• Paul McKeown 1st Sep '10 - 4:51pm

    @Tory Poster

    Your statement that a fairer system equals one that delivers more votes for your party is certainly true for the Conservative and Labour parliamentarians, activists and media, who are determined to hang on to an electoral system which currently helps preserve their comfortable little parliamentary cartel.

    That you appear to think that it is unfair of the Liberal Democrats to demand a system that rewards them better than first past the post is typical of all good monopolists, when you think that the Liberal Democrats received 23% of the ballots but only 8.8% of the parliamentary seats.

    You appear to believe that the Liberal Democrats are concerned only for themselves, but that is simply not true. The current electoral system rewards the party with the most geographically concentrated electorate disproportionately. The poor deluded Tories haven’t the foggiest idea, otherwise they would have realised that the main reason that Labour do so well is not old boundaries, which do help Labour, but only marginally, but the distribution of its electors and how the electoral system reacts to that. Labour has a built in structural advantage of 50 – 80 seats over the Conservatives, which nothing short of a change to the electoral system would alter. But, of course, the cozy duopolists have a built in advantage of 200 seats each above the third party, which is why they view preserving the current electoral system as having an infinitely higher priority than achieving a fair balance between the two of them.

    Of course, if AV is won, the Liberal Democrats will press for further, proportional reform to the electoral system, to achieve better representation not only for themselves but all the fourth parties, too. UKIP, infamously received 920,000 ballots without gaining a single seat in the Commons. The Greens, SNP, Plaid, SDLP, all are at the disadvantage of a corrupt parliamentary stitch up, too. The Liberal Democrats do not simply believe in electoral reform to benefit themselves, but because they believe in genuinely multipolar politics with the widest representation of views in parliament as possible.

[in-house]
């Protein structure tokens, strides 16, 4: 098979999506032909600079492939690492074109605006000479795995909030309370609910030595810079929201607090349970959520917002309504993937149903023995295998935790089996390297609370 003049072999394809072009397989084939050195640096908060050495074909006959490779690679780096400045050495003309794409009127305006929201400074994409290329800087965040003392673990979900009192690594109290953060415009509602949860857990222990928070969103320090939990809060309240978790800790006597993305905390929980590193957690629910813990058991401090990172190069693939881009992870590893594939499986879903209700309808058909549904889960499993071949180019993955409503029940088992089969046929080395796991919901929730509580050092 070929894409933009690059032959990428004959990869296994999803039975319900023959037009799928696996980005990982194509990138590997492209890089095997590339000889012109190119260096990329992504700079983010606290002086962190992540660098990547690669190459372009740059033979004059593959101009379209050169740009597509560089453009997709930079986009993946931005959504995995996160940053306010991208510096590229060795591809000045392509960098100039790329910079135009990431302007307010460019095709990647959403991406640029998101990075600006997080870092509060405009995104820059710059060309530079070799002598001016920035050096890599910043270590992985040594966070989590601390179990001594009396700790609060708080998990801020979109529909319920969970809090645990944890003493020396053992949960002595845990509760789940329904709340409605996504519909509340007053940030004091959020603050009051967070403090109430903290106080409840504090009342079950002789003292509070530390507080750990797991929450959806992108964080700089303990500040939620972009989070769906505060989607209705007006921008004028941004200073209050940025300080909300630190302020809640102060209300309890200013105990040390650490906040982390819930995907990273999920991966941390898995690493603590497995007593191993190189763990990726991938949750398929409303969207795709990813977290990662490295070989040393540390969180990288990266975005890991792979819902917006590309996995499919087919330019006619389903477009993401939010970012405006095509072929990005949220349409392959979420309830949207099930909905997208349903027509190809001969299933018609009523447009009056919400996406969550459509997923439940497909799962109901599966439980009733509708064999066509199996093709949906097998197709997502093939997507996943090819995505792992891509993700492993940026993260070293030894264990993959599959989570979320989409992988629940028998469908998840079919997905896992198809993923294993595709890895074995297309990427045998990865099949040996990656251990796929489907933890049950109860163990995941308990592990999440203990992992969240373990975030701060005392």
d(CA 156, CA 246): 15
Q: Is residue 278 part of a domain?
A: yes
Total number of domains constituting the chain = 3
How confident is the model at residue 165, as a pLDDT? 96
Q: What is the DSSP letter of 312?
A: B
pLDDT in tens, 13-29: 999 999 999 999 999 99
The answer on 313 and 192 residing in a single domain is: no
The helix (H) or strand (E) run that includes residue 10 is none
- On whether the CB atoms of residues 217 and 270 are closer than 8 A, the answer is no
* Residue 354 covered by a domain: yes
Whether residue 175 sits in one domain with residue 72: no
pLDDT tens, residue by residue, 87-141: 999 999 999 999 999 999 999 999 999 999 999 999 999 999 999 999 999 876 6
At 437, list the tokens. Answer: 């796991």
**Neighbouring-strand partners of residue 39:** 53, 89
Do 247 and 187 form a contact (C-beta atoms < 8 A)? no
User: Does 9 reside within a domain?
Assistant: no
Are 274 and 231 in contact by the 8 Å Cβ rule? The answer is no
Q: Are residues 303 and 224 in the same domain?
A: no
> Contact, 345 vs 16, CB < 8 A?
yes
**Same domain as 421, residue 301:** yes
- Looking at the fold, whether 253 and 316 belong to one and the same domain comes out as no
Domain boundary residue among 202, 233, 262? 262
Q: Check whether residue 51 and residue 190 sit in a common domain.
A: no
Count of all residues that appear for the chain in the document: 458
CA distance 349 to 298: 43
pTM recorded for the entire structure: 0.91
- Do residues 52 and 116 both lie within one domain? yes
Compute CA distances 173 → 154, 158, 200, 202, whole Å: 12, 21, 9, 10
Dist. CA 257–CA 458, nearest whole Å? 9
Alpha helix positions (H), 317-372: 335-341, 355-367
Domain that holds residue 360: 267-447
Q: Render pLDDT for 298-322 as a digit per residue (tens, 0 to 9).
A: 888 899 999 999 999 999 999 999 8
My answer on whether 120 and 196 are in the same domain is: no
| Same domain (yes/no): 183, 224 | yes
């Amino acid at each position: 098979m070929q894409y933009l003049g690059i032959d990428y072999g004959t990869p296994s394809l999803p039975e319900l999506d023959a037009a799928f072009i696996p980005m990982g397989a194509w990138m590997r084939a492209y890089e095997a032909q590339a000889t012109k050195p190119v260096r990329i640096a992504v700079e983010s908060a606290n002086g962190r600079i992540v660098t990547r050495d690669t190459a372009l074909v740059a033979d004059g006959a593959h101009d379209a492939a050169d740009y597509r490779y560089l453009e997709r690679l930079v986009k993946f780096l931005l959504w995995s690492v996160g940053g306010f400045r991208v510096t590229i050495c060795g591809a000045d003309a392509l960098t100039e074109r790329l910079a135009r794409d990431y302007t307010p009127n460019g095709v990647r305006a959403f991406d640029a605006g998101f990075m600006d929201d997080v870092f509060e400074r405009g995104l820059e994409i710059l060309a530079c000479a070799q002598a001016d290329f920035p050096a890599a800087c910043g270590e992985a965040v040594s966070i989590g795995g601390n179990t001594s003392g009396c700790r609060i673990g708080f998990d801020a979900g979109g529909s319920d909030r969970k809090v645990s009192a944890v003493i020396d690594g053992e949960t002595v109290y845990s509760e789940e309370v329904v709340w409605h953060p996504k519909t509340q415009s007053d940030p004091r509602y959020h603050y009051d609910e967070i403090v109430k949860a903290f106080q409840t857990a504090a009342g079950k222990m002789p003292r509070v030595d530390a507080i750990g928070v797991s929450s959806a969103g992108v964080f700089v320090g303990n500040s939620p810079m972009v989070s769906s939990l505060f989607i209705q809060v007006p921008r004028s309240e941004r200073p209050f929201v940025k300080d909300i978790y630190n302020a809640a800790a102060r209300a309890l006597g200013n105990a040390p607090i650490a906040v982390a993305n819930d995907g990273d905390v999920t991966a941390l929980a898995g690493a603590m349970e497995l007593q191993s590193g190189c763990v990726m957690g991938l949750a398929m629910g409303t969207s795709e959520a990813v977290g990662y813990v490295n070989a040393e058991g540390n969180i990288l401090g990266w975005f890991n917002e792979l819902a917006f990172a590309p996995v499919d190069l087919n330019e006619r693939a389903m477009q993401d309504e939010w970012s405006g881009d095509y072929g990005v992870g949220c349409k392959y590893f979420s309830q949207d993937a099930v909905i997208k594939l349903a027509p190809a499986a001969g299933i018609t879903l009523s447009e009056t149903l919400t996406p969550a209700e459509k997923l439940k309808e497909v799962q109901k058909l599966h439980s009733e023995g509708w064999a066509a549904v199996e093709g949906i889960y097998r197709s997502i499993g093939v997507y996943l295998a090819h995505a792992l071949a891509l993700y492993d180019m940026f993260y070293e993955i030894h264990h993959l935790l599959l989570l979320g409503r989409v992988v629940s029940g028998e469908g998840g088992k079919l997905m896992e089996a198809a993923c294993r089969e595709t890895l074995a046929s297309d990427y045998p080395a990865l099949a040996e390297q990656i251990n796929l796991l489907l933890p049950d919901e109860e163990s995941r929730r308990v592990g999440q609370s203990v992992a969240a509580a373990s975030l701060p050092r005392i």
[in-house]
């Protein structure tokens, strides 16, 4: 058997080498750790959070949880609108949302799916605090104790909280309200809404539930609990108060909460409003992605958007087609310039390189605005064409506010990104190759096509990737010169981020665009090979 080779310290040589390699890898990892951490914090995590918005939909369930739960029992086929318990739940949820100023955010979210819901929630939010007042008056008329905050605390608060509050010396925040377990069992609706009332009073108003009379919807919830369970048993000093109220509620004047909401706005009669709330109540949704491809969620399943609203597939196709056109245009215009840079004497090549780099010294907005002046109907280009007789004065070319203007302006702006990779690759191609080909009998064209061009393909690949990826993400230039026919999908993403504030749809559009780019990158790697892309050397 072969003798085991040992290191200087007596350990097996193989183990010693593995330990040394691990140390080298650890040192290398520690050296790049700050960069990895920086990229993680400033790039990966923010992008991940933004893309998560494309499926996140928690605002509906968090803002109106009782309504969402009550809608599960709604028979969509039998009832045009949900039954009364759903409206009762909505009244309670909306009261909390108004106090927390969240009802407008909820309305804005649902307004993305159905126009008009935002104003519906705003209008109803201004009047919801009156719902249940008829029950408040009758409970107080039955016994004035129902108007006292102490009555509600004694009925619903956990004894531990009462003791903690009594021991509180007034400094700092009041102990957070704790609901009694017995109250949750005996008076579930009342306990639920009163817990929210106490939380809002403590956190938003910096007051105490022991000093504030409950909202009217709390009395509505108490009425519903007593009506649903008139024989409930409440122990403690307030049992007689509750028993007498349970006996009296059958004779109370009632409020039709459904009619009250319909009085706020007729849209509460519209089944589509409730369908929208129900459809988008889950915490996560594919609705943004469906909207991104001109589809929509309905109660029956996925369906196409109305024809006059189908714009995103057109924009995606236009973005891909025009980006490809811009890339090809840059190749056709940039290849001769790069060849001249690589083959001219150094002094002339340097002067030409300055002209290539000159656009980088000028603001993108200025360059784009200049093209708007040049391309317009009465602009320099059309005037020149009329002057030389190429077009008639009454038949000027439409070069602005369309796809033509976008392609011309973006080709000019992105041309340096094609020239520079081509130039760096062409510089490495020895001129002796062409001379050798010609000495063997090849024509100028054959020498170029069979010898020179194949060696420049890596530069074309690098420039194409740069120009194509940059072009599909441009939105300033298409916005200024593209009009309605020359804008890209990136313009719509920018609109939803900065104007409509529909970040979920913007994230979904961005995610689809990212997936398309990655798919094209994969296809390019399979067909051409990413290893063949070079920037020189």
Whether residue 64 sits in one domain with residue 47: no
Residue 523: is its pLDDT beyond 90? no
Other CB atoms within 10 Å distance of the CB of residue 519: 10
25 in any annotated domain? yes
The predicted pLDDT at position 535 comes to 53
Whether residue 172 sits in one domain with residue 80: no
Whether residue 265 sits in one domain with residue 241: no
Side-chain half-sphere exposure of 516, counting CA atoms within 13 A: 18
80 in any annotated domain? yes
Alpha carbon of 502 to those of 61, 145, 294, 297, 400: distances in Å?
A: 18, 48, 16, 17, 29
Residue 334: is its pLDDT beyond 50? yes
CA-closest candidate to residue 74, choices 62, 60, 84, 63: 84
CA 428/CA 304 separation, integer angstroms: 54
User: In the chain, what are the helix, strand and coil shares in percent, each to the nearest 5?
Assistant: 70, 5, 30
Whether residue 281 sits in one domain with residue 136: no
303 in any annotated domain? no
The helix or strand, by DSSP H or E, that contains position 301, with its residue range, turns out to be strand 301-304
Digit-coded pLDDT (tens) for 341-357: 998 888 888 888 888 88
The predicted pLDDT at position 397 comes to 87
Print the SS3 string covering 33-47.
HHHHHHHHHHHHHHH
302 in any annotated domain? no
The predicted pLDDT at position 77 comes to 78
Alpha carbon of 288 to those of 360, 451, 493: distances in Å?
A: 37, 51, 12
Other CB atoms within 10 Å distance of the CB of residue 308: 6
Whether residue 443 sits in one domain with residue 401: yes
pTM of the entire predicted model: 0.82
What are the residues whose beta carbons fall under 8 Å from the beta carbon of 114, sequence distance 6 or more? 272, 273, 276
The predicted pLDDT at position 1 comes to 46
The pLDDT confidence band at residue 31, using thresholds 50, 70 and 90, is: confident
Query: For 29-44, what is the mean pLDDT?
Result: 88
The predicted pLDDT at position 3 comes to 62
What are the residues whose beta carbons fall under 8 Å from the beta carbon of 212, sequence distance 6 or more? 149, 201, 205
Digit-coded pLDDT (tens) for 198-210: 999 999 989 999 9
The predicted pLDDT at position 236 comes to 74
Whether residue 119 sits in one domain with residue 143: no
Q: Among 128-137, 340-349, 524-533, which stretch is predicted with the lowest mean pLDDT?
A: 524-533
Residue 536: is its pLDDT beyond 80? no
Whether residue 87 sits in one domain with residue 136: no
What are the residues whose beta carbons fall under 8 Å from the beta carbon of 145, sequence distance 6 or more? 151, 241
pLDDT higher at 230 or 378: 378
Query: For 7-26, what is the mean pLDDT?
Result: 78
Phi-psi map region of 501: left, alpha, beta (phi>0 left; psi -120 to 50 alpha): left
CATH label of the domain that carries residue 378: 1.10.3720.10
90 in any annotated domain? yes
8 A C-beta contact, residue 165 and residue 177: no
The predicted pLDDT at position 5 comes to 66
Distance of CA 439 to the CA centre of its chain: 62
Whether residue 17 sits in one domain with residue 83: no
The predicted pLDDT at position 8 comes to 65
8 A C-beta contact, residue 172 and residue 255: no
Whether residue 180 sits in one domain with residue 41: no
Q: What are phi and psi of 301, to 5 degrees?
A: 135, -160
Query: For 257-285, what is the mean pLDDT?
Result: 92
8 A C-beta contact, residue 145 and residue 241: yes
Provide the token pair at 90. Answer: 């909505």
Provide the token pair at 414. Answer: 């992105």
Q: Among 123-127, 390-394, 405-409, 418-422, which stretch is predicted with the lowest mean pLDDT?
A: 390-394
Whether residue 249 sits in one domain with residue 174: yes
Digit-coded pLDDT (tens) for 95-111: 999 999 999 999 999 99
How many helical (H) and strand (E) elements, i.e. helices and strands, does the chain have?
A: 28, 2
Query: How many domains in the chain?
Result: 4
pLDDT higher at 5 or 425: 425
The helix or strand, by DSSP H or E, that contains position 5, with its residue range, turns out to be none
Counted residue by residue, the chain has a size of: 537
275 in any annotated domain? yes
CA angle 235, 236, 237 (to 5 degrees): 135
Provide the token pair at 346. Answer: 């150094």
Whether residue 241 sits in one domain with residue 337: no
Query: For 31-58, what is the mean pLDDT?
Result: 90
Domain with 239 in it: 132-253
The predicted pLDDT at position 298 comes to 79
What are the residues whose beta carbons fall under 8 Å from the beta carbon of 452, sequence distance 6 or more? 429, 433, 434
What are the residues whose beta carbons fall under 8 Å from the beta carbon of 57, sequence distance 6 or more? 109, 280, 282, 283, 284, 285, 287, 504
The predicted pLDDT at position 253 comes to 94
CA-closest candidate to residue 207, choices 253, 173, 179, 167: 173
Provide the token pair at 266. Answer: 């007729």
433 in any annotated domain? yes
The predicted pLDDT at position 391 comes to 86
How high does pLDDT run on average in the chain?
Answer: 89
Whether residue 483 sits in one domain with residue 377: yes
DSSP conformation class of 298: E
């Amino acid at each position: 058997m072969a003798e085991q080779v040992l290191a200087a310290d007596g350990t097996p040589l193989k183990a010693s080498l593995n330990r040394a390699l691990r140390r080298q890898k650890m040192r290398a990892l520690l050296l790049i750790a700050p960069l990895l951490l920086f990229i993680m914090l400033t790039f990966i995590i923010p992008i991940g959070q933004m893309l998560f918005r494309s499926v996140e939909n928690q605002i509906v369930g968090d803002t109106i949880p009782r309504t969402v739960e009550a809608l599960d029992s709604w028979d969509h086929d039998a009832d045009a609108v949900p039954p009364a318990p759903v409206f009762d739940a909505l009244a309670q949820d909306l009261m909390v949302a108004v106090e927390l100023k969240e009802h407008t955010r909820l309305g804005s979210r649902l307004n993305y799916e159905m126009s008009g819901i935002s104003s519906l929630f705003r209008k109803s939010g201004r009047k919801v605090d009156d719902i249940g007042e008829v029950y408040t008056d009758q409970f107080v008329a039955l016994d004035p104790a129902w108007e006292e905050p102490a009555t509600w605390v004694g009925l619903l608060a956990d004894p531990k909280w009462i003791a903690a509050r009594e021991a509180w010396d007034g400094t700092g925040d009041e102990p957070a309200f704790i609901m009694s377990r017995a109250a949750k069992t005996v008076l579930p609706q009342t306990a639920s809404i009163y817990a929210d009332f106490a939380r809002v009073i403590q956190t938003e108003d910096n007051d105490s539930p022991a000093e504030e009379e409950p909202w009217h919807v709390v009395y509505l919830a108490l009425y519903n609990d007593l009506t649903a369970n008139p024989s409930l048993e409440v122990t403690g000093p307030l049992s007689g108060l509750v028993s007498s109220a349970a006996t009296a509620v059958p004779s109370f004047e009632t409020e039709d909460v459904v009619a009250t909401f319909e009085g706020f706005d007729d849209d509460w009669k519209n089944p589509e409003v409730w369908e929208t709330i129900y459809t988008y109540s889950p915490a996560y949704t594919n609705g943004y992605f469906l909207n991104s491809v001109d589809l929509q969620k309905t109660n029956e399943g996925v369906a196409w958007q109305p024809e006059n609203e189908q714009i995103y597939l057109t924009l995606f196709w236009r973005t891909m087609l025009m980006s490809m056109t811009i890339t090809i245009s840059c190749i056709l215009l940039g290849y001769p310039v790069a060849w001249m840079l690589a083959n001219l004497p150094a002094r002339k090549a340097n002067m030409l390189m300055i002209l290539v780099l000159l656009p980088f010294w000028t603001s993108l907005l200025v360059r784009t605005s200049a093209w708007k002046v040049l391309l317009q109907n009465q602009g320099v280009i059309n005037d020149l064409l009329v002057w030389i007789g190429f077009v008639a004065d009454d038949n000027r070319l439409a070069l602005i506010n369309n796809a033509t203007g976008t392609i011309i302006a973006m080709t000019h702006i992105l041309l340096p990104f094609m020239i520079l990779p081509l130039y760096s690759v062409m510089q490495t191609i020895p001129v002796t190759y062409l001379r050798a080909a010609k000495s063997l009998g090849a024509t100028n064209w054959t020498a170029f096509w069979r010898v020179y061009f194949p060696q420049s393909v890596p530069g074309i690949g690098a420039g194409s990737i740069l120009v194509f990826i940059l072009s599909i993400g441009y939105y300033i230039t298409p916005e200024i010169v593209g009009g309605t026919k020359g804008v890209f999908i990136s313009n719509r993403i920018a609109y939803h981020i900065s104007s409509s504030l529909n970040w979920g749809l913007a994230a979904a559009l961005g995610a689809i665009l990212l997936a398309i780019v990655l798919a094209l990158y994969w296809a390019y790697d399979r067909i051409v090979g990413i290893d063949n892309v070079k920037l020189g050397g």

You are right, of course, that the Liberal Democrats will be best placed to implement their policies by becoming the first or second party. If, when rather, they do, they will certainly not drop their policy of electoral reform to the Commons, please be assured of that.

    I suspect that that day might be closer than you believe. The two big tent parties are simply losing their internal cohesion. They contain too many views, which are so divergent as to be irreconcilable. And there are clearly plausible alternatives now to both. National politics is undergoing a major realignment, as evinced by the 35% who voted for neither of the big tent parties. It is happening right now and will continue into the future.

    Have you considered why it is that the Liberal Democrat vote has managed to hold up for decades, whilst the vote for the Conservatives and Labour has slowly year by year eroded? What will happen in the end? Hmmm?

  • @Voter

    Tactical voting can be measured using opinion polling. Dr Stephen Fisher at Oxford University has studied the effect in some depth and found that ~10% of all votes are tactical, and that a substantial number of seats are decided by tactical votes. Here is an example of his research: http://malroy.econ.ox.ac.uk/fisher/FisherLSE.pdf